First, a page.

Three men aged 23, 42 and 56, and a 48-year-old woman have been released on police bail pending further enquiries.
A 19-year-old man has been released pending a report to the Public Prosecution Service.
A 27-year-old man remains in custody.
A number of searches have also been carried out and a number of items removed for further examination.
Said Detective Chief Inspector Deirdre Bones, from the PSNI’s Public Protection Branch said: “PSNI is committed to tackling child sexual exploitation and these arrests reflect our determination to apprehend those suspected of coercing, exploiting and abusing children and young people in this manner.
“It is important to note that although these arrests all took place in the Ballymena area, the suspects are not all linked to each other.
“This is not about organised sexual abuse by a group of people.
“The arrests are part of a wider PSNI investigation focused on child sexual exploitation.”
Detective Chief Inspector Bones said the PSNI is committed to tackling the issue of child sexual exploitation and safeguarding those who are at risk.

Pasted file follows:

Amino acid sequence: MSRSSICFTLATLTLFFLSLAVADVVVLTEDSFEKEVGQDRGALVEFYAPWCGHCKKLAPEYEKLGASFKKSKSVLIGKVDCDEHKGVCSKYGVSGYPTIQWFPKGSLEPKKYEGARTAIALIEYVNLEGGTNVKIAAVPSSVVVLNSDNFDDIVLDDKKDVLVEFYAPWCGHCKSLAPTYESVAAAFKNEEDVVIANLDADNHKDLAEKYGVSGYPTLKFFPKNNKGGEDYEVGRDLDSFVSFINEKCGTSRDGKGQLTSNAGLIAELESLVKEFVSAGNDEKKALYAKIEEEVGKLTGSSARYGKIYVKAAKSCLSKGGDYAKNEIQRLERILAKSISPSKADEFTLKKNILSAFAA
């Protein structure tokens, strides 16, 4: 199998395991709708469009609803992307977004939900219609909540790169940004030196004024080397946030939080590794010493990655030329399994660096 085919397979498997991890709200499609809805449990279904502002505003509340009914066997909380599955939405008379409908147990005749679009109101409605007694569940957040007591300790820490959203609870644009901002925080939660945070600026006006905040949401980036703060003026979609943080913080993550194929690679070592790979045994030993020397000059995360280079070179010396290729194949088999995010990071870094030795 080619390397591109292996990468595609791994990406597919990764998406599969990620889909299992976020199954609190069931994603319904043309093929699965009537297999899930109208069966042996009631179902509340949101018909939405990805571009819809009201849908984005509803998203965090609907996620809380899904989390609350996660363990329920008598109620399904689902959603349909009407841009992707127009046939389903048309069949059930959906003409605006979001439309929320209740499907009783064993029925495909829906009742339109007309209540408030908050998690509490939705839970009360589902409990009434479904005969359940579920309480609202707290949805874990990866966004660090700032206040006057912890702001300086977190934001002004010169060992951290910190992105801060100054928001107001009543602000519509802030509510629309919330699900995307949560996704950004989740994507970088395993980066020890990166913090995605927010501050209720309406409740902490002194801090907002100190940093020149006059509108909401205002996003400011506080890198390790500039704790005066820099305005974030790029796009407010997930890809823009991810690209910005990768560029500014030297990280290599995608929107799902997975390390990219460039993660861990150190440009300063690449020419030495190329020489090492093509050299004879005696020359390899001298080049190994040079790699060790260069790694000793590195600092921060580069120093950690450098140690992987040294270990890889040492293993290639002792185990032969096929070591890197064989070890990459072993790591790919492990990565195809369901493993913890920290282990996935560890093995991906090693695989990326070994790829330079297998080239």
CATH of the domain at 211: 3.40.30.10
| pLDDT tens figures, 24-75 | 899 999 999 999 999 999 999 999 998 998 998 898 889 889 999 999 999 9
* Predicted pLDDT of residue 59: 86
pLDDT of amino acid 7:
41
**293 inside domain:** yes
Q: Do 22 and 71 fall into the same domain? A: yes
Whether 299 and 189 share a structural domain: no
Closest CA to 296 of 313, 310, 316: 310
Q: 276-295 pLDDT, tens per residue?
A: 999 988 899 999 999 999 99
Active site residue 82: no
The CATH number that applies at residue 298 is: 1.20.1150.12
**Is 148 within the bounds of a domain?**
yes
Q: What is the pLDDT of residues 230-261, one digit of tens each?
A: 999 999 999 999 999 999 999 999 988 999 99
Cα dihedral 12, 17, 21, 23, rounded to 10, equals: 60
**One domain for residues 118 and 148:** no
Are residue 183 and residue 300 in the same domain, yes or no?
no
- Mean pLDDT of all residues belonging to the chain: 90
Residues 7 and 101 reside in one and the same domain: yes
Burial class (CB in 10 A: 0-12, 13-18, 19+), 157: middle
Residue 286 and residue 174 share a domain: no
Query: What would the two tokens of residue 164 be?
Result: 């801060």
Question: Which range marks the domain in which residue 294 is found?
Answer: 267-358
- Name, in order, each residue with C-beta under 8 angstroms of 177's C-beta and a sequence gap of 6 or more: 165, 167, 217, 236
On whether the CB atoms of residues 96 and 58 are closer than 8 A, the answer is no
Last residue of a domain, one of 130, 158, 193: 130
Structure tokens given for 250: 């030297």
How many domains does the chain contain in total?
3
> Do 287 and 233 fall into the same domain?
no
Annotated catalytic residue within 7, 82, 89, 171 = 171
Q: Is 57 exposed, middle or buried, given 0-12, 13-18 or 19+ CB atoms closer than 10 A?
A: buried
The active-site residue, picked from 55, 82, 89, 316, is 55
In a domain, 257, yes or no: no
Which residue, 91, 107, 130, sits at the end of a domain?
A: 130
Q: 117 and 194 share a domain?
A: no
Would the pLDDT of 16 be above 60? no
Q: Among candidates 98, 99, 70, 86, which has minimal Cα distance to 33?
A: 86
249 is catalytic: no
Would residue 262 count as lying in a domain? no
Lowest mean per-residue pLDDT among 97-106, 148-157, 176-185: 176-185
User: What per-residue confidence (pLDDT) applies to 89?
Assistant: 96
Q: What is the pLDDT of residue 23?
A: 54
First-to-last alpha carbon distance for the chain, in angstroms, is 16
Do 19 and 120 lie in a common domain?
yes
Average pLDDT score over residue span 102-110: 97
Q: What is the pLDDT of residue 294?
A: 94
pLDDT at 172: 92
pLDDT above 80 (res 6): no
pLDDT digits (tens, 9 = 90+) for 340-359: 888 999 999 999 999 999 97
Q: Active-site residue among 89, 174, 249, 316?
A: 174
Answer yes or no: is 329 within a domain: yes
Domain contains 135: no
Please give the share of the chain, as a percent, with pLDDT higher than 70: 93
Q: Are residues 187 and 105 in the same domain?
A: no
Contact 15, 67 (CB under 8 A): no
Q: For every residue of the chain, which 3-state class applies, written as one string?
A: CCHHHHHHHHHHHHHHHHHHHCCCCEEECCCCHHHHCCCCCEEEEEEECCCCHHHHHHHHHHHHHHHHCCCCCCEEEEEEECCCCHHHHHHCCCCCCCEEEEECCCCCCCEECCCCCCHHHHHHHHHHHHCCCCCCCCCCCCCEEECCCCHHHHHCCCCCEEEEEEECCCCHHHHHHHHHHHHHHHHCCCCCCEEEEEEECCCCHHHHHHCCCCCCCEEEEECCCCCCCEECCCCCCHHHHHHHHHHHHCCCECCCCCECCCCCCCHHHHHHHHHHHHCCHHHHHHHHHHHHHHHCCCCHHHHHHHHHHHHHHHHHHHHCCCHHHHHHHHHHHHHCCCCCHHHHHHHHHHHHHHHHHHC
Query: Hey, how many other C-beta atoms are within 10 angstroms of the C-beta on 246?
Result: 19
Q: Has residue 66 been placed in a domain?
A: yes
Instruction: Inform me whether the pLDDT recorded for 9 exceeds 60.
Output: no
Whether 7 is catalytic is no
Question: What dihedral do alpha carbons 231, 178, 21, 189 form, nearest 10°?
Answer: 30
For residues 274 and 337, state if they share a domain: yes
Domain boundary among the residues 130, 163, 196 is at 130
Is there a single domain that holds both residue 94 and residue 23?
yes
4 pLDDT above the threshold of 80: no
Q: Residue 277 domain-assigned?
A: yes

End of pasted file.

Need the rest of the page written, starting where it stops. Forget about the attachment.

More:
She added: “We are determined to do everything we can in relation to child sexual exploitation and we recognise that the most effective way to tackle sexual exploitation of children is via effective multi-agency and partnership working.
“The PSNI works closely with our partner agencies and this collaborative approach means we can focus our resources to prevent harm, detect crime and protect people.
“We all have a responsibility to tackle this issue and protect those who are the most vulnerable in our society.
“Child sexual exploitation is something that parents and carers everywhere need to be aware of. Think about what your children are doing, where they are going and who they are meeting.
“If you notice any changes in their behaviour or if they receive unexplained gifts that can’t be accounted for such as jewellery or mobile phones or if you have any other concerns, it is important you take action. Contact the police on 101 or 999 in an emergency.
“You can also ring the NSPCC CSE Helpline on 0800 389 1701 or Childline on 0800 1111.”